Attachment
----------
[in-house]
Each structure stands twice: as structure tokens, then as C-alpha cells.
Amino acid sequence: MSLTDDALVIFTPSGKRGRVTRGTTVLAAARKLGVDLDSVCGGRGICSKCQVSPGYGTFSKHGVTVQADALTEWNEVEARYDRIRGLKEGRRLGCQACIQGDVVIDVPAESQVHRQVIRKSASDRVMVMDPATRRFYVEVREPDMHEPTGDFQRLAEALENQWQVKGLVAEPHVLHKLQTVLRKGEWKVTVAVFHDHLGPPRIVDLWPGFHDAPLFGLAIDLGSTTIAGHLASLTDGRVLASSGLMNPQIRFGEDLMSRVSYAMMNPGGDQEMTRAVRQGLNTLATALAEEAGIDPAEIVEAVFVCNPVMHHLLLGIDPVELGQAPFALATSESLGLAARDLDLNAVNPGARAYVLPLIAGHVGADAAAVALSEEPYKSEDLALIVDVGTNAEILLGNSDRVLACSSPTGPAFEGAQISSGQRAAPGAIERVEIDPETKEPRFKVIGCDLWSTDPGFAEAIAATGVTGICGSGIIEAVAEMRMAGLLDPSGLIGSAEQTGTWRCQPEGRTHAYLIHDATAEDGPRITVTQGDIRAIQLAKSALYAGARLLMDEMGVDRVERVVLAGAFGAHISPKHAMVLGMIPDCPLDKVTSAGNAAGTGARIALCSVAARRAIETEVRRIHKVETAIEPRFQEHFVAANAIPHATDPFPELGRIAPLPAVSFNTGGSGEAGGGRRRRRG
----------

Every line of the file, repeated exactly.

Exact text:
[in-house]
Each structure stands twice: as structure tokens, then as C-alpha cells.
Amino acid sequence: MSLTDDALVIFTPSGKRGRVTRGTTVLAAARKLGVDLDSVCGGRGICSKCQVSPGYGTFSKHGVTVQADALTEWNEVEARYDRIRGLKEGRRLGCQACIQGDVVIDVPAESQVHRQVIRKSASDRVMVMDPATRRFYVEVREPDMHEPTGDFQRLAEALENQWQVKGLVAEPHVLHKLQTVLRKGEWKVTVAVFHDHLGPPRIVDLWPGFHDAPLFGLAIDLGSTTIAGHLASLTDGRVLASSGLMNPQIRFGEDLMSRVSYAMMNPGGDQEMTRAVRQGLNTLATALAEEAGIDPAEIVEAVFVCNPVMHHLLLGIDPVELGQAPFALATSESLGLAARDLDLNAVNPGARAYVLPLIAGHVGADAAAVALSEEPYKSEDLALIVDVGTNAEILLGNSDRVLACSSPTGPAFEGAQISSGQRAAPGAIERVEIDPETKEPRFKVIGCDLWSTDPGFAEAIAATGVTGICGSGIIEAVAEMRMAGLLDPSGLIGSAEQTGTWRCQPEGRTHAYLIHDATAEDGPRITVTQGDIRAIQLAKSALYAGARLLMDEMGVDRVERVVLAGAFGAHISPKHAMVLGMIPDCPLDKVTSAGNAAGTGARIALCSVAARRAIETEVRRIHKVETAIEPRFQEHFVAANAIPHATDPFPELGRIAPLPAVSFNTGGSGEAGGGRRRRRG